29 March 2016
Prayers developed from the daily readings
Tuesday 29 March 2016
“The Lord is my light and salvation whom shall I fear” (v. 1). The psalm begins with great words of consolation. The psalmist is in trouble and waits patiently on the Lord. Living close to and with God, being in God’s presence is the only thing desired. The psalmist promises sacrifices of praise and song. “ ‘Come,’ my heart says, ‘seek his face.’” (v.8).
Lamentations 3: 1 – 18 (19 – 30)
The first section described dreadful personal and physical distress: “my soul is bereft of peace; I have forgotten what happiness is” (v.17). The lament moves on calling to mind God’s steadfast love and that God does listen to and come to those who wait for him. Sometimes it is right to sit quietly and wait.
Mark 12: 13 – 34
Jesus is tested about the payment of taxes. He asks for a coin. On the coin is the head and title of the emperor. Hebrew coins were minted with no graven images, so he was given a Roman coin. Jesus says “give to the emperor the things that are the emperor’s and to God the things that are God’s.” As everything seen and unseen is God’s, the premise of the question has shifted.
Technical questions about who is whose spouse in heaven are put to Jesus. Jesus’s answer indicates their lack of understanding of the power of God or the conversation of God with Moses (the burning bush) where God says he is the God of Abraham, Isaac and Jacob – present tense. He is the God of the living.
Finally someone tests him on the fundamental of Jewish belief, “which is the greatest commandment?” Jesus answers with the words of the Shema (Hebrew for listen) and with love your neighbour as yourself. The questioner agrees and says these are more important than any offerings and sacrifices.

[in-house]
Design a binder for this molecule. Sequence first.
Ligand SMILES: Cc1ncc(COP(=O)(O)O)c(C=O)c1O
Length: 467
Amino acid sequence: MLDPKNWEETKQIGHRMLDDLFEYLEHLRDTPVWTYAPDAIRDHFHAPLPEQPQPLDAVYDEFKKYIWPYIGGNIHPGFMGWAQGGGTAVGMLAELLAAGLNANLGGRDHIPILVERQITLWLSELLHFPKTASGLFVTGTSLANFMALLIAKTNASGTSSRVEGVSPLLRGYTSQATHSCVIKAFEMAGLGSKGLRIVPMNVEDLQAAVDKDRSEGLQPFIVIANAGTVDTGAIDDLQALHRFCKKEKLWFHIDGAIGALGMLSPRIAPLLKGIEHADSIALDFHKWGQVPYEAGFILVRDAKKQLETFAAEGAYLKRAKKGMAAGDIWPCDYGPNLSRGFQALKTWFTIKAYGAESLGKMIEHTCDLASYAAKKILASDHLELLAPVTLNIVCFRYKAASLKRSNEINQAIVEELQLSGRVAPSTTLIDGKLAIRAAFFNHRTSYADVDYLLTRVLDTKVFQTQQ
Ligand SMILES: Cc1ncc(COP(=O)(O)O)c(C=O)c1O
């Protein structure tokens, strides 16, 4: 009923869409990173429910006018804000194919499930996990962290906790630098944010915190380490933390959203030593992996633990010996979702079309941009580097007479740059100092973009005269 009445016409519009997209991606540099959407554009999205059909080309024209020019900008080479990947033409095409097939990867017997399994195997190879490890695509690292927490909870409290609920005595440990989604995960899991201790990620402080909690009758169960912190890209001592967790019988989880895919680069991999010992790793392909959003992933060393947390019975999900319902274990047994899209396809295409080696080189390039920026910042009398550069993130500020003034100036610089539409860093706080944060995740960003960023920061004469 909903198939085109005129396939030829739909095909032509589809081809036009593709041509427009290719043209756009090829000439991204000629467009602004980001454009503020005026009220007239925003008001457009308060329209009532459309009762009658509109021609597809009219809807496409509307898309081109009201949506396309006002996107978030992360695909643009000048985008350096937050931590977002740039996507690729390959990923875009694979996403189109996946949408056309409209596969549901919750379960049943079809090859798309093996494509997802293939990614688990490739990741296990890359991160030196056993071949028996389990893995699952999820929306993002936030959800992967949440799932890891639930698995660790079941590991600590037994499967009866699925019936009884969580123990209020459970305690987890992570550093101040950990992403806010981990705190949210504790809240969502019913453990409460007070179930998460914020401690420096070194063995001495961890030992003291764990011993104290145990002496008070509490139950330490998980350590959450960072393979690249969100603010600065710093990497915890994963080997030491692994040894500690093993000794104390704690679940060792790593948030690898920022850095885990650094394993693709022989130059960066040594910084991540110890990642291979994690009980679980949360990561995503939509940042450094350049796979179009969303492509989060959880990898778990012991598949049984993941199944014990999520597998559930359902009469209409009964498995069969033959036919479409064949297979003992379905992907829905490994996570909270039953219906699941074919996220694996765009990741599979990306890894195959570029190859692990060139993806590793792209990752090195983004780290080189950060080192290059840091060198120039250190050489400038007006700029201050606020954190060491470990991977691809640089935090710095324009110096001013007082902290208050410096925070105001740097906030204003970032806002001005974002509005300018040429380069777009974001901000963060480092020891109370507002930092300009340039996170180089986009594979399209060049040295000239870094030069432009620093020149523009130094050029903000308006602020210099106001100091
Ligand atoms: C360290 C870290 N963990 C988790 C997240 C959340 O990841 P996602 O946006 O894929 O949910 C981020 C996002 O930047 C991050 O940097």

Collect for Morning Prayer
Harrietville Vic L Osburn
Tuesday 29 March 2016
Psalm 69: 1 – 21
The psalmist is in deep trouble. The psalm suggests he has been fiercely promoting a particular policy or procedure and the outcomes are negative and unexpected so that his reputation is destroyed. He admits he was wrong. He is doing penance and now is suffering ridicule and community humiliation. The psalmist asks for rescue and redemption and will sit faithfully and wait for God’s response.
Lamentations 3: 40 – 51
The lamentation moves on to self-examination and repentance to admitting the rebellion and transgressions. There is an acceptance that the offences are great and, as a result, prayers appear to be unheard. Enemies, panic, devastation and destruction are in charge. Grief is overwhelming.
Philippians 3: 7 –16
Paul here says that the things he most valued and prized are, when compared to the value of knowing Christ now rubbish. He is saying everything good in his life pales into insignificance; it does not mean that it was not good, or right. It isn’t a case of him being good and therefore earning closeness to God. It is because of faith he seeks closeness to Christ, because Christ has made Paul his own. Paul then says, this doesn’t mean he stops. With Christ’s aid he strains forward, like a runner straining for the finishing line, waiting for Christ’s call.
Collect for Evening Prayer
|Pearls for a deacon's stole|
Wise and powerful God, you peel back our eyes to our folly. Jerusalem and the temple, the great prize and treasure are just vehicles for connection with you. When we value the vehicle more than the connection, we lose our way. All our pious efforts are nothing compared to seeking you. Help us now as we reflect on this day to set aside the concerns that steer us away from you, to sit and seek your face and closeness through the grace of our Lord Jesus Christ, your love our Father, and the power of your Holy Spirit. Amen.
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